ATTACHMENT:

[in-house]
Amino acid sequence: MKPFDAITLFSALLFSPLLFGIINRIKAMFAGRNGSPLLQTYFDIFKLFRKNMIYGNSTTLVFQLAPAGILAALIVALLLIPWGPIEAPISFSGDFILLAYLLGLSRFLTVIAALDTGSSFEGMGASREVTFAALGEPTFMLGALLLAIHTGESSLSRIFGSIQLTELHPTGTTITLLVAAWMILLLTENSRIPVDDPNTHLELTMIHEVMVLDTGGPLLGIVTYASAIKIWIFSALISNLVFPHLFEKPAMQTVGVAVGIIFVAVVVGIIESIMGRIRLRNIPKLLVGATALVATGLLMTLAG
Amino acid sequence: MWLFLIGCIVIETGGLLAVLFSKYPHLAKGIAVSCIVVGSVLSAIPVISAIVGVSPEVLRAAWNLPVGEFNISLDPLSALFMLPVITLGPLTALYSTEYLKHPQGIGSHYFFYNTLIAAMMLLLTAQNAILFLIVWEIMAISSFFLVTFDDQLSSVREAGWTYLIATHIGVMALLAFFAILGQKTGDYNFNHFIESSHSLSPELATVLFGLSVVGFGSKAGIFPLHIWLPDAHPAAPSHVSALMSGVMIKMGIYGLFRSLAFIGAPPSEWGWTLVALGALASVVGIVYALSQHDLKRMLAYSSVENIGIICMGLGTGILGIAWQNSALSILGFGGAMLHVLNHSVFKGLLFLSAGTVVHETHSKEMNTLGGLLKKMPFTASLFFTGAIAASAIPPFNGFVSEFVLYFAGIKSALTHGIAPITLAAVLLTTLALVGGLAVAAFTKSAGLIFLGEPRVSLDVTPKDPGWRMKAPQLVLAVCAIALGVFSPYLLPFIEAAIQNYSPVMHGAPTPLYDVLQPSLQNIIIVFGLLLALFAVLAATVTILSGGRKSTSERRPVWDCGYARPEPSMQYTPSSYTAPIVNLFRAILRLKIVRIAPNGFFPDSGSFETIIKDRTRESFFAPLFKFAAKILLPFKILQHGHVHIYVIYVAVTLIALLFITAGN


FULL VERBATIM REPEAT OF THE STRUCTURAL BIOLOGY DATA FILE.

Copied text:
[in-house]
Amino acid sequence: MKPFDAITLFSALLFSPLLFGIINRIKAMFAGRNGSPLLQTYFDIFKLFRKNMIYGNSTTLVFQLAPAGILAALIVALLLIPWGPIEAPISFSGDFILLAYLLGLSRFLTVIAALDTGSSFEGMGASREVTFAALGEPTFMLGALLLAIHTGESSLSRIFGSIQLTELHPTGTTITLLVAAWMILLLTENSRIPVDDPNTHLELTMIHEVMVLDTGGPLLGIVTYASAIKIWIFSALISNLVFPHLFEKPAMQTVGVAVGIIFVAVVVGIIESIMGRIRLRNIPKLLVGATALVATGLLMTLAG
Amino acid sequence: MWLFLIGCIVIETGGLLAVLFSKYPHLAKGIAVSCIVVGSVLSAIPVISAIVGVSPEVLRAAWNLPVGEFNISLDPLSALFMLPVITLGPLTALYSTEYLKHPQGIGSHYFFYNTLIAAMMLLLTAQNAILFLIVWEIMAISSFFLVTFDDQLSSVREAGWTYLIATHIGVMALLAFFAILGQKTGDYNFNHFIESSHSLSPELATVLFGLSVVGFGSKAGIFPLHIWLPDAHPAAPSHVSALMSGVMIKMGIYGLFRSLAFIGAPPSEWGWTLVALGALASVVGIVYALSQHDLKRMLAYSSVENIGIICMGLGTGILGIAWQNSALSILGFGGAMLHVLNHSVFKGLLFLSAGTVVHETHSKEMNTLGGLLKKMPFTASLFFTGAIAASAIPPFNGFVSEFVLYFAGIKSALTHGIAPITLAAVLLTTLALVGGLAVAAFTKSAGLIFLGEPRVSLDVTPKDPGWRMKAPQLVLAVCAIALGVFSPYLLPFIEAAIQNYSPVMHGAPTPLYDVLQPSLQNIIIVFGLLLALFAVLAATVTILSGGRKSTSERRPVWDCGYARPEPSMQYTPSSYTAPIVNLFRAILRLKIVRIAPNGFFPDSGSFETIIKDRTRESFFAPLFKFAAKILLPFKILQHGHVHIYVIYVAVTLIALLFITAGN